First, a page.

My mother had a bachelor cousin who used to visit us on the farm once a summer. He brought along his mother, Aunt Nell Botts. His own name was Ernie Botts. He was a tall, florid man with a good-natured expression, a big square face, and fair curly hair springing straight up from his forehead. His hands, his fingernails, were as clean as soap, and his hips were a little plump. My name for him—when he was not around—was Earnest Bottom. I had a mean tongue.
But I believed I meant no harm. Hardly any harm. After Aunt Nell Botts died he did not come anymore but sent a Christmas card.
When I went to university in London—that is in London, Ontario—where he lived, he started a custom of taking me out to dinner every other Sunday evening. It seemed to me that this was the sort of thing he would do, because I was a relative—he would not even have to consider whether we were suited to spending time together. He always took me to the same place, a restaurant called the Old Chelsea, which was upstairs, looking down on Dundas Street. It had velvet curtains, white tablecloths, little rose-shaded lamps on the tables. It probably cost more than he could afford, but I did not think of that, having a country girl's notion that all men who lived in cities, wore a suit every day, and sported such clean fingernails had reached a level of prosperity where indulgences like this were the usual thing.
I had the most exotic offering on the menu, such as chicken vol au vent or duck à l'orange, while he always ate roast beef. Desserts were wheeled up to the table on a dinner wagon. There was usually a tall coconut cake, custard tarts topped with out-of-season strawberries, chocolate-coated pastry horns full of whipped cream. I took a long time to decide, like a five-year-old with flavours of ice cream, and then on Monday I had to fast all day, to make up for such gorging.
Ernie looked a little too young to be my father. I hoped that nobody from the university would see us and think he was my boyfriend.
He inquired about my courses, and nodded seriously when I told him, or reminded him, that I was in Honours English and Philosophy. He didn't roll up his eyes at the information, the way people at home did. He told me that he had a great respect for education and regretted that he did not have the means to continue his own after high school. Instead, he had got a job working for the Canadian National railways, as a ticket salesman. Now he was a supervisor.
He liked serious reading, but it was not a substitute for a university education.
I was pretty sure that his idea of serious reading would be the Condensed Books of the Reader's Digest, and to get him off the subject of my studies I told him about my rooming house. In those days the college had no dormitories—we all lived in rooming houses or cheap apartments or fraternity or sorority houses. My room was the attic of an old house, with a large floor space and not much headroom. But being the former maid's quarters, it had its own bathroom. On the second floor were the rooms occupied by two other scholarship students, who were in their final year in Modern Languages. Their names were Kay and Beverly. In the high-ceilinged but chopped-up rooms downstairs lived a medical student, who was hardly ever home, and his wife, Beth, who was home all the time, because she had two very young children. Beth was the house manager and rent collector, and there was often a feud going on between her and the second-floor girls about how they washed their clothes in the bathroom and hung them there to dry. When the medical student was home he sometimes had to use that bathroom because of the baby stuff in the one downstairs, and Beth said he shouldn't have to cope with stockings in his face and a bunch of intimate doodads. Kay and Beverly retorted that use of their own bathroom had been promised when they moved in.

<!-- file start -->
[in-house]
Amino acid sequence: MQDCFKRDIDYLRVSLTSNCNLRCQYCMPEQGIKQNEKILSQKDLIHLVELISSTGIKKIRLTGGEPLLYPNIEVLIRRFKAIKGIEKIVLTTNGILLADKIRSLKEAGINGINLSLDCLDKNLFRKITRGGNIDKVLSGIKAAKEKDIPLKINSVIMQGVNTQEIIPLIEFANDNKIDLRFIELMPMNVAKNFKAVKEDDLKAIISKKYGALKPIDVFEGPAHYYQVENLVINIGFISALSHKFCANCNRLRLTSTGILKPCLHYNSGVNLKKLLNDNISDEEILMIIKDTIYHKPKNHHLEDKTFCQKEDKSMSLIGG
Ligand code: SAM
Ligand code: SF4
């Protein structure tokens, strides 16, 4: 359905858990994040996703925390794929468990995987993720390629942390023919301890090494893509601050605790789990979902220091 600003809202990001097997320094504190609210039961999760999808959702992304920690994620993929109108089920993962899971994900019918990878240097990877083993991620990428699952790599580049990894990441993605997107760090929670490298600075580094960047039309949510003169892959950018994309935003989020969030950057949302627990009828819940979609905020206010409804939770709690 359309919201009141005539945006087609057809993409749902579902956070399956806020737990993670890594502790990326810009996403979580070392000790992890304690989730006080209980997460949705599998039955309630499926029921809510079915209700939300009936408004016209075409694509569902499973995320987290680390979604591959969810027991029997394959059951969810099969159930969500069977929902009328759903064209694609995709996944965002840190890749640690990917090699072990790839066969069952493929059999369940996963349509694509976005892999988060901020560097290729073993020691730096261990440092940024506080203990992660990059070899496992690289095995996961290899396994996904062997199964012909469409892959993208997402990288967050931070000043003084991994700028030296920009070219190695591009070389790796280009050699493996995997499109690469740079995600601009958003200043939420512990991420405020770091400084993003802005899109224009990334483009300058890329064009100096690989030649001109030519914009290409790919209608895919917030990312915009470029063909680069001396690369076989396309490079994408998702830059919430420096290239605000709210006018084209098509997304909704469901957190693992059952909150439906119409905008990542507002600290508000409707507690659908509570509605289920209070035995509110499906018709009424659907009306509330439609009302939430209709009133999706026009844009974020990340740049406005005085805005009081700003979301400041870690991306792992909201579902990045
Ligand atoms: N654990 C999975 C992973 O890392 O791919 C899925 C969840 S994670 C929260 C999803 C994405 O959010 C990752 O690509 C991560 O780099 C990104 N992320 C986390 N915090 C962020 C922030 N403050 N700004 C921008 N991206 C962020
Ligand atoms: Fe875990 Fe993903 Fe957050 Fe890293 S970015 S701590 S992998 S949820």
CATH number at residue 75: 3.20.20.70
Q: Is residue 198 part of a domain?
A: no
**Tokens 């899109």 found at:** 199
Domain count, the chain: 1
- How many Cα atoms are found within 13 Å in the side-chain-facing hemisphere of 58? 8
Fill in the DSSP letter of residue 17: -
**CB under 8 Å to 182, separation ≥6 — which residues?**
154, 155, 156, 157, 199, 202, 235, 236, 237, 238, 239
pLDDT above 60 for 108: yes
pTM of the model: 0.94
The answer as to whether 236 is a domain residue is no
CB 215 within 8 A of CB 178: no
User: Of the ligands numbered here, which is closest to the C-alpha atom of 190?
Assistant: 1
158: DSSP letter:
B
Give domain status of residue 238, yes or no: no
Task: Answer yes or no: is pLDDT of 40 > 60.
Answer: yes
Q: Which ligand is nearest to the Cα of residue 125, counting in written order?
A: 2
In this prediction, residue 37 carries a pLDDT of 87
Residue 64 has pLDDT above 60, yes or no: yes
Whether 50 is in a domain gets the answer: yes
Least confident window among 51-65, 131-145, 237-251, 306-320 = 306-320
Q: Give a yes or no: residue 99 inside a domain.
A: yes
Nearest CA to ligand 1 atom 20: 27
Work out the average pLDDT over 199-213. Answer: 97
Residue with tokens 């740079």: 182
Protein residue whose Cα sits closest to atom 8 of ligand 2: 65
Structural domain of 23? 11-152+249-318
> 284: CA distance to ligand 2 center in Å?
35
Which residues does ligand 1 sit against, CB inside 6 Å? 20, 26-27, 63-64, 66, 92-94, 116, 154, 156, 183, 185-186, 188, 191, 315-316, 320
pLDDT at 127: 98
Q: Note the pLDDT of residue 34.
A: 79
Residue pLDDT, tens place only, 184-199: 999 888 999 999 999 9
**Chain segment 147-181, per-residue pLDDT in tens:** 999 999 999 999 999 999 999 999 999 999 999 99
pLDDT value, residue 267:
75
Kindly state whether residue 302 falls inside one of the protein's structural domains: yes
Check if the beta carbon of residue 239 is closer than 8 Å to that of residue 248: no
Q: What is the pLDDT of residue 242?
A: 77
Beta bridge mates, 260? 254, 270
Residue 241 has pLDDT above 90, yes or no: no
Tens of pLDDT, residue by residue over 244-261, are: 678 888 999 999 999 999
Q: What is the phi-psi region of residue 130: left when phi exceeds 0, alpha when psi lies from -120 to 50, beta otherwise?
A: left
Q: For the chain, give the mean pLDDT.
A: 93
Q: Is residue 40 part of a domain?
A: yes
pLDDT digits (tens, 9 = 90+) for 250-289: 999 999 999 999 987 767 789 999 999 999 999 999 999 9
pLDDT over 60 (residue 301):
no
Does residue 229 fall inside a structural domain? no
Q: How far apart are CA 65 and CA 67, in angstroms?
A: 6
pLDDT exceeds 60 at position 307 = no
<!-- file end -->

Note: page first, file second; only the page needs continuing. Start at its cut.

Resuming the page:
This was the sort of thing I chose to tell to Ernie, who flushed and said that they should have got it in writing.
Kay and Beverly were a disappointment to me. They worked hard at Modern Languages, but their conversation and preoccupations seemed hardly different from those of girls who might work in banks or offices. They did their hair up in pin curls and painted their fingernails on Saturdays, because that was the night they had dates with their boyfriends. On Sundays they had to soothe their faces with lotion because of the whisker-burns the boyfriends had inflicted on them. I didn't find either boyfriend in the least desirable, and I wondered how they could.
They said that they had once had some crazy idea of being translators at the United Nations, but now they figured they would teach high school, and with any luck get married.
They gave me unwelcome advice.
I had got a job in the college cafeteria. I pushed a cart around collecting dirty dishes off the tables and wiped the tables clean when they were empty. And I set out food to be picked up from the shelves.
They said that this job was not a good idea.
"Boys won't ask you out if they see you at a job like that."
I told Ernie this, and he said, "So, what did you say?"
I told him that I had said I would not want to go out with anybody who would make such a judgment, so what was the problem?
Now I'd hit the right note. Ernie glowed; he chopped his hands up and down in the air.
"Absolutely right," he said. "That is absolutely the attitude to take. Honest work. Never listen to anybody who wants to put you down for doing honest work. Just go right ahead and ignore them. Keep your pride. Anybody that doesn't like it, you tell them they can lump it."
This speech of his, the righteousness and approval lighting his large face, the jerky enthusiasm of his movements, roused the first doubts in me, the first gloomy suspicion that the warning, after all, might have some weight to it.
Revue de presse
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